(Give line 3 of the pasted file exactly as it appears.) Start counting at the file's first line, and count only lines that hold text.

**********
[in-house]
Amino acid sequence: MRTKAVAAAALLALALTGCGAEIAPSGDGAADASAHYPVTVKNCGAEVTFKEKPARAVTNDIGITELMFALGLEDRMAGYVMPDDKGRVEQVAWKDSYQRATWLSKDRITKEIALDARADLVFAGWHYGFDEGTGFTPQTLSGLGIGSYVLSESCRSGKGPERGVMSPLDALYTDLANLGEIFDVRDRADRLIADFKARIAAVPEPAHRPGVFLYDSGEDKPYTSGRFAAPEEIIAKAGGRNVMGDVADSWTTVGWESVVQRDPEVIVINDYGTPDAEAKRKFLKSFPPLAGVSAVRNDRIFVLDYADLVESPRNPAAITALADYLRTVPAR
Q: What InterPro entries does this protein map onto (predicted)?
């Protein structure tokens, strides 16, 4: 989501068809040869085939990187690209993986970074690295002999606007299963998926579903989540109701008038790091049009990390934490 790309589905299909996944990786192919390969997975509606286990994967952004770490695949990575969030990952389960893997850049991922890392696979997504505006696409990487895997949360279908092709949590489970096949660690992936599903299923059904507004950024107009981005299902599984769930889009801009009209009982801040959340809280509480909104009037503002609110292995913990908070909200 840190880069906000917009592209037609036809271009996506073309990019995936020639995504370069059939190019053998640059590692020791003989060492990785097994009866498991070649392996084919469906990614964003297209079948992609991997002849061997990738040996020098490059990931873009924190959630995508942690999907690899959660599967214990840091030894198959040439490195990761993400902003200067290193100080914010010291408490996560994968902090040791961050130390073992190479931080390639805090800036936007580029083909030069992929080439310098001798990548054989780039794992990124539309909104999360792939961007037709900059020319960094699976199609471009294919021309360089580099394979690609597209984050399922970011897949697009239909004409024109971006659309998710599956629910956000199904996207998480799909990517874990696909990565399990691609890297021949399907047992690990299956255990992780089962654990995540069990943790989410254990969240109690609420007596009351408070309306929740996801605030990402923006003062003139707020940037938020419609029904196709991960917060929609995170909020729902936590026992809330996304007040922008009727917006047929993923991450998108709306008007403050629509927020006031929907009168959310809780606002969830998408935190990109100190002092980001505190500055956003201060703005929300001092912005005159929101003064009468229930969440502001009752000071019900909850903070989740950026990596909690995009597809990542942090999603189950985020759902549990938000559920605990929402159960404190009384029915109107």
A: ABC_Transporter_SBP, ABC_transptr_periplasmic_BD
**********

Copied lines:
Q: What InterPro entries does this protein map onto (predicted)?